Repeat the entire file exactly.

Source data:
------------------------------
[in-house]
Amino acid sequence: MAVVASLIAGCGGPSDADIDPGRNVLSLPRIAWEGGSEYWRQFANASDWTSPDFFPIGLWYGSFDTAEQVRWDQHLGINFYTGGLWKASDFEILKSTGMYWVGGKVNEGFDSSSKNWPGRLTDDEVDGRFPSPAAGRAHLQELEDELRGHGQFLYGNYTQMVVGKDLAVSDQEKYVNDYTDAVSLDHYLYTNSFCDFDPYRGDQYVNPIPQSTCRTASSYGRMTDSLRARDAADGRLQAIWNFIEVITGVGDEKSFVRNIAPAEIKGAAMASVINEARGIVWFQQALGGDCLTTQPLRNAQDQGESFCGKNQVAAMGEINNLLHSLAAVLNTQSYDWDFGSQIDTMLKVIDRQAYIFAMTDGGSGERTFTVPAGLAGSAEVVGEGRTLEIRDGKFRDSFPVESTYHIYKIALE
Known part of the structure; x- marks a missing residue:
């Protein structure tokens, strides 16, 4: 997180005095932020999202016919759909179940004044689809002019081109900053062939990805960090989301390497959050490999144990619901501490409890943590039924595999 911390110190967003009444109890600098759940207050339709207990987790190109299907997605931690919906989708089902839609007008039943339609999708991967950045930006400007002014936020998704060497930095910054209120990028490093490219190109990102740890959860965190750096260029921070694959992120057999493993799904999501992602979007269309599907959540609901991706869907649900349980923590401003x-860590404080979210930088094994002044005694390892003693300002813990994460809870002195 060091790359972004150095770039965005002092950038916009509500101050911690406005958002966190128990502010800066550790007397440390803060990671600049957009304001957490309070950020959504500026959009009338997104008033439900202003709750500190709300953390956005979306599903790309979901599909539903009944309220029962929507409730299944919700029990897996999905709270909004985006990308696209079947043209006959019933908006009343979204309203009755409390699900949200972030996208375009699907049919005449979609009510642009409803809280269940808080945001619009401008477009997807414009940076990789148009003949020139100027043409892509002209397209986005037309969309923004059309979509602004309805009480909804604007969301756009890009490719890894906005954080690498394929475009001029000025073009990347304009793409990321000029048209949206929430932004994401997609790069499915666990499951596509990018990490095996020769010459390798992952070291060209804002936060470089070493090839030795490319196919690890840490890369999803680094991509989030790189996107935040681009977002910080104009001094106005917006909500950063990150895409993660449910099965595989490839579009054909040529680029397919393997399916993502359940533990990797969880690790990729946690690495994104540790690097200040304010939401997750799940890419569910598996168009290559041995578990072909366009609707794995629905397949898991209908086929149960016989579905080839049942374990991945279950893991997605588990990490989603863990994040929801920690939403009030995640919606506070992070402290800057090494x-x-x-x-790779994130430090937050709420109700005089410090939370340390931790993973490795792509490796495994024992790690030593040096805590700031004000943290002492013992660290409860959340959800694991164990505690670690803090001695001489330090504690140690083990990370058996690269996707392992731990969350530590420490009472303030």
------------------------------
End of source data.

[in-house]
Amino acid sequence: MAVVASLIAGCGGPSDADIDPGRNVLSLPRIAWEGGSEYWRQFANASDWTSPDFFPIGLWYGSFDTAEQVRWDQHLGINFYTGGLWKASDFEILKSTGMYWVGGKVNEGFDSSSKNWPGRLTDDEVDGRFPSPAAGRAHLQELEDELRGHGQFLYGNYTQMVVGKDLAVSDQEKYVNDYTDAVSLDHYLYTNSFCDFDPYRGDQYVNPIPQSTCRTASSYGRMTDSLRARDAADGRLQAIWNFIEVITGVGDEKSFVRNIAPAEIKGAAMASVINEARGIVWFQQALGGDCLTTQPLRNAQDQGESFCGKNQVAAMGEINNLLHSLAAVLNTQSYDWDFGSQIDTMLKVIDRQAYIFAMTDGGSGERTFTVPAGLAGSAEVVGEGRTLEIRDGKFRDSFPVESTYHIYKIALE
Known part of the structure; x- marks a missing residue:
């Protein structure tokens, strides 16, 4: 997180005095932020999202016919759909179940004044689809002019081109900053062939990805960090989301390497959050490999144990619901501490409890943590039924595999 911390110190967003009444109890600098759940207050339709207990987790190109299907997605931690919906989708089902839609007008039943339609999708991967950045930006400007002014936020998704060497930095910054209120990028490093490219190109990102740890959860965190750096260029921070694959992120057999493993799904999501992602979007269309599907959540609901991706869907649900349980923590401003x-860590404080979210930088094994002044005694390892003693300002813990994460809870002195 060091790359972004150095770039965005002092950038916009509500101050911690406005958002966190128990502010800066550790007397440390803060990671600049957009304001957490309070950020959504500026959009009338997104008033439900202003709750500190709300953390956005979306599903790309979901599909539903009944309220029962929507409730299944919700029990897996999905709270909004985006990308696209079947043209006959019933908006009343979204309203009755409390699900949200972030996208375009699907049919005449979609009510642009409803809280269940808080945001619009401008477009997807414009940076990789148009003949020139100027043409892509002209397209986005037309969309923004059309979509602004309805009480909804604007969301756009890009490719890894906005954080690498394929475009001029000025073009990347304009793409990321000029048209949206929430932004994401997609790069499915666990499951596509990018990490095996020769010459390798992952070291060209804002936060470089070493090839030795490319196919690890840490890369999803680094991509989030790189996107935040681009977002910080104009001094106005917006909500950063990150895409993660449910099965595989490839579009054909040529680029397919393997399916993502359940533990990797969880690790990729946690690495994104540790690097200040304010939401997750799940890419569910598996168009290559041995578990072909366009609707794995629905397949898991209908086929149960016989579905080839049942374990991945279950893991997605588990990490989603863990994040929801920690939403009030995640919606506070992070402290800057090494x-x-x-x-790779994130430090937050709420109700005089410090939370340390931790993973490795792509490796495994024992790690030593040096805590700031004000943290002492013992660290409860959340959800694991164990505690670690803090001695001489330090504690140690083990990370058996690269996707392992731990969350530590420490009472303030």